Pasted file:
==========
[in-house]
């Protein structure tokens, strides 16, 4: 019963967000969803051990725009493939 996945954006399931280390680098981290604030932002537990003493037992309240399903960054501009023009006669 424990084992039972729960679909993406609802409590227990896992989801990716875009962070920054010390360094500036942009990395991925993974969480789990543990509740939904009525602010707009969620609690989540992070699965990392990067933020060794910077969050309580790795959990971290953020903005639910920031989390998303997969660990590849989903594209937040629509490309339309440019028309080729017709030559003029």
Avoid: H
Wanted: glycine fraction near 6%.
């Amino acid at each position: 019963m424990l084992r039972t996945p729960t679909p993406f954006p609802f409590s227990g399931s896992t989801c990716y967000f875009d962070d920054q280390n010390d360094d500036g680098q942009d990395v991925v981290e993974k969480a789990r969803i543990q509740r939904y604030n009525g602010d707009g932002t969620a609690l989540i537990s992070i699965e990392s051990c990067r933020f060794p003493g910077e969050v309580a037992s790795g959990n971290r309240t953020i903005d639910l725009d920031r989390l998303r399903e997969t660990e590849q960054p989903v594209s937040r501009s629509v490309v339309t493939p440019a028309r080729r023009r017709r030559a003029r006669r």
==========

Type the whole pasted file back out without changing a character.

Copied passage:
[in-house]
């Protein structure tokens, strides 16, 4: 019963967000969803051990725009493939 996945954006399931280390680098981290604030932002537990003493037992309240399903960054501009023009006669 424990084992039972729960679909993406609802409590227990896992989801990716875009962070920054010390360094500036942009990395991925993974969480789990543990509740939904009525602010707009969620609690989540992070699965990392990067933020060794910077969050309580790795959990971290953020903005639910920031989390998303997969660990590849989903594209937040629509490309339309440019028309080729017709030559003029």
Avoid: H
Wanted: glycine fraction near 6%.
């Amino acid at each position: 019963m424990l084992r039972t996945p729960t679909p993406f954006p609802f409590s227990g399931s896992t989801c990716y967000f875009d962070d920054q280390n010390d360094d500036g680098q942009d990395v991925v981290e993974k969480a789990r969803i543990q509740r939904y604030n009525g602010d707009g932002t969620a609690l989540i537990s992070i699965e990392s051990c990067r933020f060794p003493g910077e969050v309580a037992s790795g959990n971290r309240t953020i903005d639910l725009d920031r989390l998303r399903e997969t660990e590849q960054p989903v594209s937040r501009s629509v490309v339309t493939p440019a028309r080729r023009r017709r030559a003029r006669r």